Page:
Blog article
See all stories »

An article relating to this blog post on Finextra:

Mobile becoming consumer's 'channel of convenience' - Halifax

The UK's Halifax Bank is reporting "monumental growth" in mobile banking, registering a 100% increase in the number of logins via mobile in March 2015, as handheld devices far outstrip the desktop as...

See article

Customer insight, election polling and why don’t branches have more success in customer surveys?

Current customer experience research shows that (whenever asked) consumers state that they like bank branches and prefer banks with branches.  Yet the evidence of their behaviour and mobile adoption rates suggests otherwise.

Obviously, there’s a parallel here with this month’s UK general election, where the result predicted by the polls did not match what happened. The gap between what pollsters understood to be voters intentions and their actual behaviour was uge. (For overseas readers, the BBC has good analysis HERE and HERE of why the UK polling industry predicted the result of the national electionso wrongly).   Is something similar happening in banking? Do we either have shy customers who won’t confess their love of branches? Or do we have the opposite, that the research is overstating a preference for branch when in fact consumers only use branches through lack of other alternatives?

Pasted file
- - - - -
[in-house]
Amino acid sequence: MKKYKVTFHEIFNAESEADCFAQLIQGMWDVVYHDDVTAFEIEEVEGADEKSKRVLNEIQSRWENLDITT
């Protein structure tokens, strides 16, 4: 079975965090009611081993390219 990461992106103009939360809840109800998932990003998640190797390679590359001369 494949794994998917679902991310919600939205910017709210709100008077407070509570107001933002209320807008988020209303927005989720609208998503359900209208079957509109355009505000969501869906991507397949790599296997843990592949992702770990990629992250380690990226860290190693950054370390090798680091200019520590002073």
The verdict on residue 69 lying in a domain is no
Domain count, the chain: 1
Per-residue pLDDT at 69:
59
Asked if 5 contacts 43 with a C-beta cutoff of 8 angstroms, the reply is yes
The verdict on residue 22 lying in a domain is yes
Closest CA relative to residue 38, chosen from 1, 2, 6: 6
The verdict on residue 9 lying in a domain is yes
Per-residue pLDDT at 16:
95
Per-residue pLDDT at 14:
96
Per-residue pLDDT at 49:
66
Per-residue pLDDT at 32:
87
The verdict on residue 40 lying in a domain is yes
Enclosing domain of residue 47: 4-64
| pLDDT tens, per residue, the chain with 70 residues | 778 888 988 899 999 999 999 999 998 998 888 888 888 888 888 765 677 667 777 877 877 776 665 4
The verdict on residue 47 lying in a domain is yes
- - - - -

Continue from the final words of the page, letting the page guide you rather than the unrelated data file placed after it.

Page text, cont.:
Last month’s Finextra story: “Digital challengers face tough times as consumers cling to branches” is evidence that significant numbers of consumers still see significant value in branch.  Mobile technology, especially smartphones, is driving change but at the same time there are still consumer demographics that have both loyalty and need for a branch.

Furthermore, many of the bankers that I speak to are very conscious that branches are one defence against the disintermediation that comparison sites have brought to the insurance industry. The world of enabled UK current account switching and PSD2 is one where banks are losing many traditional control points. The more strategic banks have seen what comparison sites have done to the UK insurance industry and they don’t want to be left with the costs of back-end systems while more agile new entrants cut them off from their customers.  I’ve blogged about this in the past on Finextra (see “Aviva, offshore and the threat of the web comparators” ) and since I wrote that if anything the risks for the banks have increased.